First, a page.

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Get a Jumpstart on Spring with the Medicinal Power of Baby Plants

When you eat sprouts, you are consuming the bio-electric twinkle of life. Spring is a good time to plug in your body and get charged up with the spark of living foods.

For a long time, we’ve known that sprouts are very healthy. As baby vegetables, they tend to be nutritionally concentrated. In fact, the seed contains everything the new plant needs for its development into a mature vegetable. In this respect, you could call sprouts nutritionally dense vegetables.

For example, radish sprouts have 40 times more pro-vitamin A (at 391 IU) than a mature, organic radish vegetable (at 8 IU). The vitamin C in green peas jumps five times from 1.5 mg to 10.4 mg after just three days of sprouting. And while the vitamin C content in raw spinach (28.1 mg) is similar to that of radish sprouts (28.9 mg), the niacin content of the radish sprouts (2.85 mg) is four times greater than spinach (0.72 mg).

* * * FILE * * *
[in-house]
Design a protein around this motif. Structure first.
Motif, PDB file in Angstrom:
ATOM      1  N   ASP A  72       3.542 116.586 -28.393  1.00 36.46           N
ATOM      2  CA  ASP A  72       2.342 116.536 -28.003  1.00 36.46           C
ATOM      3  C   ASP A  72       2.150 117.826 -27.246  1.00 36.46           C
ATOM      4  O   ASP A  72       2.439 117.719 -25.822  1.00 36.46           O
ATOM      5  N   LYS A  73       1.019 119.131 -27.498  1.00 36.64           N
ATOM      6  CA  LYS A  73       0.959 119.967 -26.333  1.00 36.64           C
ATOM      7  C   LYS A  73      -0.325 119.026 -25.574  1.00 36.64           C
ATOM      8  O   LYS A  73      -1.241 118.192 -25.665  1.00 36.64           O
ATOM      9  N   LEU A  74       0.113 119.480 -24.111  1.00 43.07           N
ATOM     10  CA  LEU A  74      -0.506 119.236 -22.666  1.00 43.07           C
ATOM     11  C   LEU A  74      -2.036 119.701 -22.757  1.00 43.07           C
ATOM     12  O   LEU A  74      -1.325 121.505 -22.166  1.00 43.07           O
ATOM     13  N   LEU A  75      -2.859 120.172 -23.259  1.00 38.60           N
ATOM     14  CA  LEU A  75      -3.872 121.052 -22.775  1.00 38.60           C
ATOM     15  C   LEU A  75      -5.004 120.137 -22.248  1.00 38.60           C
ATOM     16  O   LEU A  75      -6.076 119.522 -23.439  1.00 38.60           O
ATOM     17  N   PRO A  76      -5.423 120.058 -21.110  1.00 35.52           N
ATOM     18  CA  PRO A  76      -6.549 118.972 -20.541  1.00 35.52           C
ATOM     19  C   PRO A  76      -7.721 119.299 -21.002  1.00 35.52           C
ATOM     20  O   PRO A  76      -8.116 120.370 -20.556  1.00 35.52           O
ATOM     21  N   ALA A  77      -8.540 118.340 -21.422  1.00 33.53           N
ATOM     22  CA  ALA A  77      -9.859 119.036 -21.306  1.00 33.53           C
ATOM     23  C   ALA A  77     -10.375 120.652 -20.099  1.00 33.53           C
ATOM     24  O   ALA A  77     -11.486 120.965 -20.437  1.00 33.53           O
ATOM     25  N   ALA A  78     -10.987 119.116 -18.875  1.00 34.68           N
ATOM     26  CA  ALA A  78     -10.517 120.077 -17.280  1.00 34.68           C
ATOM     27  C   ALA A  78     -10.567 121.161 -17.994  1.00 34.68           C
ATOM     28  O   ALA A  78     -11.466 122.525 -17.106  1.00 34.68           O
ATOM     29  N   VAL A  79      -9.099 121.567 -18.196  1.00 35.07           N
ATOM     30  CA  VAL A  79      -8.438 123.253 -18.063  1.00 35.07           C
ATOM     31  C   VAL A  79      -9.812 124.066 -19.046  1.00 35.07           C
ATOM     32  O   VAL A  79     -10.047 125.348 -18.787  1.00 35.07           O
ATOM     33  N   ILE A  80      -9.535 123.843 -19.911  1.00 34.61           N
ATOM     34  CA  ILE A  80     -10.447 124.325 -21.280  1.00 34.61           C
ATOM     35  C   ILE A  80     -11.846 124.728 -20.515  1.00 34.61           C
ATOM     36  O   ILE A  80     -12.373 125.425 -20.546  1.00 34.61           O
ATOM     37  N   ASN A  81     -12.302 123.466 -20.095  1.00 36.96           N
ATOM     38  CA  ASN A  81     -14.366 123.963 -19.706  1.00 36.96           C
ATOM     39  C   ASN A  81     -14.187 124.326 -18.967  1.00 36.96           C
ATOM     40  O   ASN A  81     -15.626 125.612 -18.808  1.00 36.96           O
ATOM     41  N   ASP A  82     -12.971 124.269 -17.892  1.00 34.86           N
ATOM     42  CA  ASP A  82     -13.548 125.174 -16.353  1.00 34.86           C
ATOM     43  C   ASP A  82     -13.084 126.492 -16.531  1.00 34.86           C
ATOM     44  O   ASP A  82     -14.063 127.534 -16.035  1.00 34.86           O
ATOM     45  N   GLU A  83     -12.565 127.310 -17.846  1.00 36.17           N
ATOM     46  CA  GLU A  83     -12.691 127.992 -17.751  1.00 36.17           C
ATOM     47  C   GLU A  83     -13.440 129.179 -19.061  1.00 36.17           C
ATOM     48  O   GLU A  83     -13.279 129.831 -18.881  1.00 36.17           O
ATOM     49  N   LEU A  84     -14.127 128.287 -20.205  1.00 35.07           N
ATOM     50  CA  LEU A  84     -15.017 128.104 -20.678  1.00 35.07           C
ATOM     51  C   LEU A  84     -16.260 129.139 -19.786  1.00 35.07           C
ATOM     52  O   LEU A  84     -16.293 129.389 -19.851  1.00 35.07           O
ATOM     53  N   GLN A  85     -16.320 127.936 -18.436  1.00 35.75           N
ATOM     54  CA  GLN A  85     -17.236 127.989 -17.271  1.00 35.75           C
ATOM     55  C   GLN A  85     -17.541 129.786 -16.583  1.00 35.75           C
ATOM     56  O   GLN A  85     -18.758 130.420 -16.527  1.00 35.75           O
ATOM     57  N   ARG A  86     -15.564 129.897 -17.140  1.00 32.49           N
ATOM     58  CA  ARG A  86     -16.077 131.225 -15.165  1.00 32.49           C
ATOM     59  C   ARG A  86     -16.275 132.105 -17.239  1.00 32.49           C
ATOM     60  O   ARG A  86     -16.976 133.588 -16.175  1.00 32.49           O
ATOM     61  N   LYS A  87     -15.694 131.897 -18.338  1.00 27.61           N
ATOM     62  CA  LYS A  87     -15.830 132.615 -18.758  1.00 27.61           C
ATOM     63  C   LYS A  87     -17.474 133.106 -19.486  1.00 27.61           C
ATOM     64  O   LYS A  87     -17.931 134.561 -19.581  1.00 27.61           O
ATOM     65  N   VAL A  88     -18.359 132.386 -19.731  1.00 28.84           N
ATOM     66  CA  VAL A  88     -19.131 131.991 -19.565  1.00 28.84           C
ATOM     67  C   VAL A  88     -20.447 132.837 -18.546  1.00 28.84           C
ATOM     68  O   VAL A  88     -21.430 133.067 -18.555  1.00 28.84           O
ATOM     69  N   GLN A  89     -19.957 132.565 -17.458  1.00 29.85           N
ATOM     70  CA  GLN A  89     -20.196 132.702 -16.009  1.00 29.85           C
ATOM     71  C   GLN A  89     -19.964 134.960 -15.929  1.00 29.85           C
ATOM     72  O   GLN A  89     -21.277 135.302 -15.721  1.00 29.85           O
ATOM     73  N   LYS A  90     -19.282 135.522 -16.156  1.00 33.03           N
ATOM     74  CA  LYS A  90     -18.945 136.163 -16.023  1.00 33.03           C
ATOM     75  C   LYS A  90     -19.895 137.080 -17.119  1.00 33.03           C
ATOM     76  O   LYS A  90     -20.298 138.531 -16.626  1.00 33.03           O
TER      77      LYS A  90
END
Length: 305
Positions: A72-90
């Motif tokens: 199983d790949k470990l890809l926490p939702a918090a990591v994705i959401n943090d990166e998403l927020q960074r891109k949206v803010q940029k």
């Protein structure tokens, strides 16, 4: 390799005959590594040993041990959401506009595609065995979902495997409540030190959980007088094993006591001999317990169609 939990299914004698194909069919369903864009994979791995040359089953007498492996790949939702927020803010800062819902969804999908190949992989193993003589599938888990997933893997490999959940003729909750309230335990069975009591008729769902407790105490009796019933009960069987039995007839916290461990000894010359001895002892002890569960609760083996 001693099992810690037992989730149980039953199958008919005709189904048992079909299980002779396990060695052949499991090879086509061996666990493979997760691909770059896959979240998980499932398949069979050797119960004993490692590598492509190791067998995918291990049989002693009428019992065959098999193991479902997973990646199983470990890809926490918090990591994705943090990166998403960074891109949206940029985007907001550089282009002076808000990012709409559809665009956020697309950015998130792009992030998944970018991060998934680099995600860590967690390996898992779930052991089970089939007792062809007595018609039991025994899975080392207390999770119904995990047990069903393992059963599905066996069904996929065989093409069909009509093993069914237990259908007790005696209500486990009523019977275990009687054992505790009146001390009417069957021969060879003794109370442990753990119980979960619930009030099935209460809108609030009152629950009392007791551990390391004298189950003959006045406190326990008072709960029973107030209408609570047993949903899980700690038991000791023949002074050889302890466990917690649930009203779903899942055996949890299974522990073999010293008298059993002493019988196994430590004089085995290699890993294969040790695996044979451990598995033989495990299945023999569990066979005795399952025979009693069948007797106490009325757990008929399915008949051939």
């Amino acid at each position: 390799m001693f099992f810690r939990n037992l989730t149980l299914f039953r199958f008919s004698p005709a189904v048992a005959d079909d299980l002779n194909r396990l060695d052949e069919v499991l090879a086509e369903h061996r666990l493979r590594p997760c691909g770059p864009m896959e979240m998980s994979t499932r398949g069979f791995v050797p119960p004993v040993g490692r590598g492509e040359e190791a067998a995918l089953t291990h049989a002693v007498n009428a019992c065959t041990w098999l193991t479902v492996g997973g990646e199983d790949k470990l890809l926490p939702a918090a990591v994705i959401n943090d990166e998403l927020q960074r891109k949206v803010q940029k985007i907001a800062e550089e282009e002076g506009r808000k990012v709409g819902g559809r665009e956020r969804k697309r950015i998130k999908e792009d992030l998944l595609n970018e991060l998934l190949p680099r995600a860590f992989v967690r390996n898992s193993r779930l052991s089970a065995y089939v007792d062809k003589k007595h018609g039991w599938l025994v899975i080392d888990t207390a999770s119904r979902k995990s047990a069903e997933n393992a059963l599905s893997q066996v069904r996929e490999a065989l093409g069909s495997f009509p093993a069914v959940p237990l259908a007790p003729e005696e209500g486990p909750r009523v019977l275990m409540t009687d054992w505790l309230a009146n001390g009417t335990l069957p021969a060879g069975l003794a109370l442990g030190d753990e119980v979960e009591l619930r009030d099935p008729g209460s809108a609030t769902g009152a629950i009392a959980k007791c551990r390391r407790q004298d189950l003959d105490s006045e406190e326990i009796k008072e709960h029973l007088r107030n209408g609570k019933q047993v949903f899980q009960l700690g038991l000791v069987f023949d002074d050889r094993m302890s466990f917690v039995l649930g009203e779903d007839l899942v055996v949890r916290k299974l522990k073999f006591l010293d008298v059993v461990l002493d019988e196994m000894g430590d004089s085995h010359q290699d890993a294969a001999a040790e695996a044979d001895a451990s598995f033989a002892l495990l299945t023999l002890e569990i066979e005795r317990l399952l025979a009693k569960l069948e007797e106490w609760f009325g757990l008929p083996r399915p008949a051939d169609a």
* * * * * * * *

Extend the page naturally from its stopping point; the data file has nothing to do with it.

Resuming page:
Of course, the most popular nutrition marker is protein. Greens like lettuce and spinach are not known as good sources of protein. In fact, while head lettuce contains less than 1% (0.9), alfalfa sprouts are 4% protein. That’s even more than romaine lettuce (1.8%), or the mighty spinach (2.86%). Because the development of protein requires sufficient resources of vitamins and minerals, when a low protein food such as a leafy green sprout has a good amount of protein, that is a good marker for its overall nutrition.

But a food’s nutrition is more than its quantity of vitamins and minerals. The real healing potential in a vegetable lies in its phytochemical content. These are plant compounds such as antioxidants, bioflavonoids, carotenes, phytosterols, glucosinolates, sulforaphanes, isoflavones, phyto (plant) estrogens, and polyphenols. Such compounds are especially abundant in the embryonic or ‘sprout’ stage in plants and vegetables.